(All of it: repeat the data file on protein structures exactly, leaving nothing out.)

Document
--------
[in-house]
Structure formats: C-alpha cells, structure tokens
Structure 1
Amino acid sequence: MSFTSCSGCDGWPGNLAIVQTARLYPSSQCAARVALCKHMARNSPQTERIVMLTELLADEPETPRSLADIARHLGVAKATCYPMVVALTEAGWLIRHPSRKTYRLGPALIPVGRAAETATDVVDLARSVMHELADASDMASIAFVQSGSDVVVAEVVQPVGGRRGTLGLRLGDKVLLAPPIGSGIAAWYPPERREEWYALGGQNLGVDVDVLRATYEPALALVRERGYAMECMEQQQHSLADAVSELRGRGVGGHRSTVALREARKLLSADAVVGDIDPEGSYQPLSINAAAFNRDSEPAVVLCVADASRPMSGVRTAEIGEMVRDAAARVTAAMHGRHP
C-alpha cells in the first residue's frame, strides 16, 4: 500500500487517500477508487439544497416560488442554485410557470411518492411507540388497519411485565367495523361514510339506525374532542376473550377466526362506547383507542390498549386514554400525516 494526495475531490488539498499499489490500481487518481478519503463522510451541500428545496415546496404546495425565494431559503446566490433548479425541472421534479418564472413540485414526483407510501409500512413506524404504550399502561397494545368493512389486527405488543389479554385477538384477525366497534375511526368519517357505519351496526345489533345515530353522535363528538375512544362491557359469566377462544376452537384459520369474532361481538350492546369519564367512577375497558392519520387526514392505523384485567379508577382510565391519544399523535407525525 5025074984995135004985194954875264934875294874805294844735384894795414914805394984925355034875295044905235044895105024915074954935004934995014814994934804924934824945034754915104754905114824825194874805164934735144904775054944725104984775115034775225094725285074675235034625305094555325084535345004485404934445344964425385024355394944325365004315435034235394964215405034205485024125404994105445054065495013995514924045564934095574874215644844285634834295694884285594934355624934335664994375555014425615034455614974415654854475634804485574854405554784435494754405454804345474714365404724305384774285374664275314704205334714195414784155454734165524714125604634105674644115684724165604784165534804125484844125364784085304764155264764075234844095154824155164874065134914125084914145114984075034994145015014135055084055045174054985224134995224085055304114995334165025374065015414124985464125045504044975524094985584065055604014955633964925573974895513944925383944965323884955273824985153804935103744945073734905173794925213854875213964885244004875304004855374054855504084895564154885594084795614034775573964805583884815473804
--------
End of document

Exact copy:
[in-house]
Structure formats: C-alpha cells, structure tokens
Structure 1
Amino acid sequence: MSFTSCSGCDGWPGNLAIVQTARLYPSSQCAARVALCKHMARNSPQTERIVMLTELLADEPETPRSLADIARHLGVAKATCYPMVVALTEAGWLIRHPSRKTYRLGPALIPVGRAAETATDVVDLARSVMHELADASDMASIAFVQSGSDVVVAEVVQPVGGRRGTLGLRLGDKVLLAPPIGSGIAAWYPPERREEWYALGGQNLGVDVDVLRATYEPALALVRERGYAMECMEQQQHSLADAVSELRGRGVGGHRSTVALREARKLLSADAVVGDIDPEGSYQPLSINAAAFNRDSEPAVVLCVADASRPMSGVRTAEIGEMVRDAAARVTAAMHGRHP
C-alpha cells in the first residue's frame, strides 16, 4: 500500500487517500477508487439544497416560488442554485410557470411518492411507540388497519411485565367495523361514510339506525374532542376473550377466526362506547383507542390498549386514554400525516 494526495475531490488539498499499489490500481487518481478519503463522510451541500428545496415546496404546495425565494431559503446566490433548479425541472421534479418564472413540485414526483407510501409500512413506524404504550399502561397494545368493512389486527405488543389479554385477538384477525366497534375511526368519517357505519351496526345489533345515530353522535363528538375512544362491557359469566377462544376452537384459520369474532361481538350492546369519564367512577375497558392519520387526514392505523384485567379508577382510565391519544399523535407525525 5025074984995135004985194954875264934875294874805294844735384894795414914805394984925355034875295044905235044895105024915074954935004934995014814994934804924934824945034754915104754905114824825194874805164934735144904775054944725104984775115034775225094725285074675235034625305094555325084535345004485404934445344964425385024355394944325365004315435034235394964215405034205485024125404994105445054065495013995514924045564934095574874215644844285634834295694884285594934355624934335664994375555014425615034455614974415654854475634804485574854405554784435494754405454804345474714365404724305384774285374664275314704205334714195414784155454734165524714125604634105674644115684724165604784165534804125484844125364784085304764155264764075234844095154824155164874065134914125084914145114984075034994145015014135055084055045174054985224134995224085055304114995334165025374065015414124985464125045504044975524094985584065055604014955633964925573974895513944925383944965323884955273824985153804935103744945073734905173794925213854875213964885244004875304004855374054855504084895564154885594084795614034775573964805583884815473804